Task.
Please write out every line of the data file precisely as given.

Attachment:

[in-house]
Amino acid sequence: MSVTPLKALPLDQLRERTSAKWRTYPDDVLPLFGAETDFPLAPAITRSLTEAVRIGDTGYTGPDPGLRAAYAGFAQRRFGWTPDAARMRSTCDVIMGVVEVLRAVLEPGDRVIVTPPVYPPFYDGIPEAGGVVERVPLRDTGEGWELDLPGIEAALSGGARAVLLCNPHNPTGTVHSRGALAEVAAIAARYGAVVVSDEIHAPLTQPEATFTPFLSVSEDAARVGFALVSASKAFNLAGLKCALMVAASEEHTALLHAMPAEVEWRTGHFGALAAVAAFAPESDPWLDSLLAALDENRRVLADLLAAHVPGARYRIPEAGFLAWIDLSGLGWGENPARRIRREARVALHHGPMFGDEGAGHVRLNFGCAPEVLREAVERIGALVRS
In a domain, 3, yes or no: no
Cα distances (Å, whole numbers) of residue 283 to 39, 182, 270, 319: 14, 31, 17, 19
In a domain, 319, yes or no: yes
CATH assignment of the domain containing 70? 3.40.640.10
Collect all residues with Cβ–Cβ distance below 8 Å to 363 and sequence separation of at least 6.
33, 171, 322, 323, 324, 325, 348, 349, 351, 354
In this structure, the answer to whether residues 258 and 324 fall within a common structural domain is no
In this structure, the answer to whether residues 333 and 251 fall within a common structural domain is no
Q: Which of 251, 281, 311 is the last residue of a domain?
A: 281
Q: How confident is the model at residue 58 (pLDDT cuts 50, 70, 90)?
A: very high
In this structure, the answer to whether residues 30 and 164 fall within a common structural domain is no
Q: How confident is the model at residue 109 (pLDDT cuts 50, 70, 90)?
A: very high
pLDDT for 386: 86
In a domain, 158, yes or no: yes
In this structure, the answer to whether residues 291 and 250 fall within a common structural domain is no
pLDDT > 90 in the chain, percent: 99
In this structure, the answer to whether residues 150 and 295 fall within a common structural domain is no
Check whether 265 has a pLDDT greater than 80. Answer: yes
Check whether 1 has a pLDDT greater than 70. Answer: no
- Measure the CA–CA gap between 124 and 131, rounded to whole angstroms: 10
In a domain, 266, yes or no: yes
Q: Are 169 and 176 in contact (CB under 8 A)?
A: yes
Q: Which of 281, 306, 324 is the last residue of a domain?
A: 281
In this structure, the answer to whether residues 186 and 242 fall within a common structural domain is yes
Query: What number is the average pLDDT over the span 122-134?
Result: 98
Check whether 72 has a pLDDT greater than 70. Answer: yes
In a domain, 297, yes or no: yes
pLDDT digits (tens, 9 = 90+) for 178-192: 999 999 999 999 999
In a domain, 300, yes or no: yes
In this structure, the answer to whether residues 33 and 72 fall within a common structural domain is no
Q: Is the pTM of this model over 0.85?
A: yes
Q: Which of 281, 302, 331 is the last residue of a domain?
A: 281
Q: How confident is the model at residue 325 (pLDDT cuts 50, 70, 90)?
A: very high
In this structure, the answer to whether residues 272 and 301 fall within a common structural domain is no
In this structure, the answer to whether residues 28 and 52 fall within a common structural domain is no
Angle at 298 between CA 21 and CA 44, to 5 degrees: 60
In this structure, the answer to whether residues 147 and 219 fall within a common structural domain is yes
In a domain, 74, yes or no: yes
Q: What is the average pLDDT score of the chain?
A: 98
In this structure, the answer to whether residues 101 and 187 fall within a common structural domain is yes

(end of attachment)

[in-house]
Amino acid sequence: MSVTPLKALPLDQLRERTSAKWRTYPDDVLPLFGAETDFPLAPAITRSLTEAVRIGDTGYTGPDPGLRAAYAGFAQRRFGWTPDAARMRSTCDVIMGVVEVLRAVLEPGDRVIVTPPVYPPFYDGIPEAGGVVERVPLRDTGEGWELDLPGIEAALSGGARAVLLCNPHNPTGTVHSRGALAEVAAIAARYGAVVVSDEIHAPLTQPEATFTPFLSVSEDAARVGFALVSASKAFNLAGLKCALMVAASEEHTALLHAMPAEVEWRTGHFGALAAVAAFAPESDPWLDSLLAALDENRRVLADLLAAHVPGARYRIPEAGFLAWIDLSGLGWGENPARRIRREARVALHHGPMFGDEGAGHVRLNFGCAPEVLREAVERIGALVRS
In a domain, 3, yes or no: no
Cα distances (Å, whole numbers) of residue 283 to 39, 182, 270, 319: 14, 31, 17, 19
In a domain, 319, yes or no: yes
CATH assignment of the domain containing 70? 3.40.640.10
Collect all residues with Cβ–Cβ distance below 8 Å to 363 and sequence separation of at least 6.
33, 171, 322, 323, 324, 325, 348, 349, 351, 354
In this structure, the answer to whether residues 258 and 324 fall within a common structural domain is no
In this structure, the answer to whether residues 333 and 251 fall within a common structural domain is no
Q: Which of 251, 281, 311 is the last residue of a domain?
A: 281
Q: How confident is the model at residue 58 (pLDDT cuts 50, 70, 90)?
A: very high
In this structure, the answer to whether residues 30 and 164 fall within a common structural domain is no
Q: How confident is the model at residue 109 (pLDDT cuts 50, 70, 90)?
A: very high
pLDDT for 386: 86
In a domain, 158, yes or no: yes
In this structure, the answer to whether residues 291 and 250 fall within a common structural domain is no
pLDDT > 90 in the chain, percent: 99
In this structure, the answer to whether residues 150 and 295 fall within a common structural domain is no
Check whether 265 has a pLDDT greater than 80. Answer: yes
Check whether 1 has a pLDDT greater than 70. Answer: no
- Measure the CA–CA gap between 124 and 131, rounded to whole angstroms: 10
In a domain, 266, yes or no: yes
Q: Are 169 and 176 in contact (CB under 8 A)?
A: yes
Q: Which of 281, 306, 324 is the last residue of a domain?
A: 281
In this structure, the answer to whether residues 186 and 242 fall within a common structural domain is yes
Query: What number is the average pLDDT over the span 122-134?
Result: 98
Check whether 72 has a pLDDT greater than 70. Answer: yes
In a domain, 297, yes or no: yes
pLDDT digits (tens, 9 = 90+) for 178-192: 999 999 999 999 999
In a domain, 300, yes or no: yes
In this structure, the answer to whether residues 33 and 72 fall within a common structural domain is no
Q: Is the pTM of this model over 0.85?
A: yes
Q: Which of 281, 302, 331 is the last residue of a domain?
A: 281
Q: How confident is the model at residue 325 (pLDDT cuts 50, 70, 90)?
A: very high
In this structure, the answer to whether residues 272 and 301 fall within a common structural domain is no
In this structure, the answer to whether residues 28 and 52 fall within a common structural domain is no
Angle at 298 between CA 21 and CA 44, to 5 degrees: 60
In this structure, the answer to whether residues 147 and 219 fall within a common structural domain is yes
In a domain, 74, yes or no: yes
Q: What is the average pLDDT score of the chain?
A: 98
In this structure, the answer to whether residues 101 and 187 fall within a common structural domain is yes